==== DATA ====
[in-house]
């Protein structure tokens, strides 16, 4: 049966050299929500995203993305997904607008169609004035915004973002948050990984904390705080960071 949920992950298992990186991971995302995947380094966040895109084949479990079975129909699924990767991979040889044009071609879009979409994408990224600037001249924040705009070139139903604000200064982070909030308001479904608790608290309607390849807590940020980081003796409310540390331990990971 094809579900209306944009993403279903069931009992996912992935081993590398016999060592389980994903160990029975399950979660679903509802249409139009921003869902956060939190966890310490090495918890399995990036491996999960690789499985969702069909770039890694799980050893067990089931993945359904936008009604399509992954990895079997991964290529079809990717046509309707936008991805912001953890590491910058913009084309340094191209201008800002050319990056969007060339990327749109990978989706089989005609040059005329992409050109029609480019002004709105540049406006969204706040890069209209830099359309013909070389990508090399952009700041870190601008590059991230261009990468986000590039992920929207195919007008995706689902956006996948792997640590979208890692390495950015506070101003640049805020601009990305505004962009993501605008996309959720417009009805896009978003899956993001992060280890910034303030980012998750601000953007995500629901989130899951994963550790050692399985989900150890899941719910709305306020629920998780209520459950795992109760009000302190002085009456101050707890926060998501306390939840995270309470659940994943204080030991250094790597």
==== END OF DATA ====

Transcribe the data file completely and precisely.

[in-house]
């Protein structure tokens, strides 16, 4: 049966050299929500995203993305997904607008169609004035915004973002948050990984904390705080960071 949920992950298992990186991971995302995947380094966040895109084949479990079975129909699924990767991979040889044009071609879009979409994408990224600037001249924040705009070139139903604000200064982070909030308001479904608790608290309607390849807590940020980081003796409310540390331990990971 094809579900209306944009993403279903069931009992996912992935081993590398016999060592389980994903160990029975399950979660679903509802249409139009921003869902956060939190966890310490090495918890399995990036491996999960690789499985969702069909770039890694799980050893067990089931993945359904936008009604399509992954990895079997991964290529079809990717046509309707936008991805912001953890590491910058913009084309340094191209201008800002050319990056969007060339990327749109990978989706089989005609040059005329992409050109029609480019002004709105540049406006969204706040890069209209830099359309013909070389990508090399952009700041870190601008590059991230261009990468986000590039992920929207195919007008995706689902956006996948792997640590979208890692390495950015506070101003640049805020601009990305505004962009993501605008996309959720417009009805896009978003899956993001992060280890910034303030980012998750601000953007995500629901989130899951994963550790050692399985989900150890899941719910709305306020629920998780209520459950795992109760009000302190002085009456101050707890926060998501306390939840995270309470659940994943204080030991250094790597």